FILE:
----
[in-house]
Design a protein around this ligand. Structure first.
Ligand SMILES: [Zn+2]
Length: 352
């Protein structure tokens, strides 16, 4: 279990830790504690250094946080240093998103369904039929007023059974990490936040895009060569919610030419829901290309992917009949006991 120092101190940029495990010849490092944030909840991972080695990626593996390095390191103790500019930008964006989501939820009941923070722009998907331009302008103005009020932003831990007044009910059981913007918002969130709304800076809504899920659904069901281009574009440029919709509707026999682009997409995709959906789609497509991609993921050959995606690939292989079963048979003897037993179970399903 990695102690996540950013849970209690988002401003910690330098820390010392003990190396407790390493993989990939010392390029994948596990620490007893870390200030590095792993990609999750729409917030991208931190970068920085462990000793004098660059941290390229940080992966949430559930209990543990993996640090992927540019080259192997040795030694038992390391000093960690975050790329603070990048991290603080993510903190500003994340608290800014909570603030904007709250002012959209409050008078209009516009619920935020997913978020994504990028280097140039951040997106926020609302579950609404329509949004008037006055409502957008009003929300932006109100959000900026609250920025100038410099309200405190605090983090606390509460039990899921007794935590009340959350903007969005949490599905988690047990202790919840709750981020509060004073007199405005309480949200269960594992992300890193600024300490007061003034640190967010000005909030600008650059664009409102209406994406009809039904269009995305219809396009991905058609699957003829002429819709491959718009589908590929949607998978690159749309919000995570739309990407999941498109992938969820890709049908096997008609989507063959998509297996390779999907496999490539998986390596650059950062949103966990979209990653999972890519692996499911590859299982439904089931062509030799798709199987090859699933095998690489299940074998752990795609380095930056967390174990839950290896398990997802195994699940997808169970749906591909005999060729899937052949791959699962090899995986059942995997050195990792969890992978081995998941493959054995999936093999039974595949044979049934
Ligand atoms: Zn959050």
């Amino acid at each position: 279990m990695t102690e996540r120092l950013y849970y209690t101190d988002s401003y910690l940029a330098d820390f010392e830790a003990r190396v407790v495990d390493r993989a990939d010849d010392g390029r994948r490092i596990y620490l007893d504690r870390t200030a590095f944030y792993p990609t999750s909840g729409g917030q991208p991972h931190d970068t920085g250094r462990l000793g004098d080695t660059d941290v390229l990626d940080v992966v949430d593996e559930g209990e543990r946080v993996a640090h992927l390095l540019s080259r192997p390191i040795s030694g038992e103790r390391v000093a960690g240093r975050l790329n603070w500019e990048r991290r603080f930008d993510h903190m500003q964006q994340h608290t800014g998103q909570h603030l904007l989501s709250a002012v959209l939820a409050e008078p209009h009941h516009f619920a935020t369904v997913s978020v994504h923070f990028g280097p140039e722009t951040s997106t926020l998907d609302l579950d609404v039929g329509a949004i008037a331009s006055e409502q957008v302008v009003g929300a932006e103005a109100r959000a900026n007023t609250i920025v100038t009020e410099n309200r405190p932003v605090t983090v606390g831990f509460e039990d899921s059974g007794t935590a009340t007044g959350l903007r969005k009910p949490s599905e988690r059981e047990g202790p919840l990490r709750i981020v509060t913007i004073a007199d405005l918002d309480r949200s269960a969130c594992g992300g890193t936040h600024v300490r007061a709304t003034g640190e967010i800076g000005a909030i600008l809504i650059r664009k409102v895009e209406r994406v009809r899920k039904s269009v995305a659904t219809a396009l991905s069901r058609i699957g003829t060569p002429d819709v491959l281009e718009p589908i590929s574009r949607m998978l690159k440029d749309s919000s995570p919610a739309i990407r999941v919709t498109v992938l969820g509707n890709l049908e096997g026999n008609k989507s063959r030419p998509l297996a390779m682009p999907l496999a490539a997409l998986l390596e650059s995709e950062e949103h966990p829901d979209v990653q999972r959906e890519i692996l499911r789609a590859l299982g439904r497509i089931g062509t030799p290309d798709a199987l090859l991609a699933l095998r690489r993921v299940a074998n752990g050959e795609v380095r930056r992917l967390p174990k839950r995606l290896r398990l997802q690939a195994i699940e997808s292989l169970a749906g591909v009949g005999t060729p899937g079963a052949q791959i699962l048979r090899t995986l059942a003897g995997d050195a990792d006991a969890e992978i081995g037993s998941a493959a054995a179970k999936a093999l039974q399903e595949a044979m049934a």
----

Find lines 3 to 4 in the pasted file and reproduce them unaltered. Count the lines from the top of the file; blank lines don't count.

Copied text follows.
Ligand SMILES: [Zn+2]
Length: 352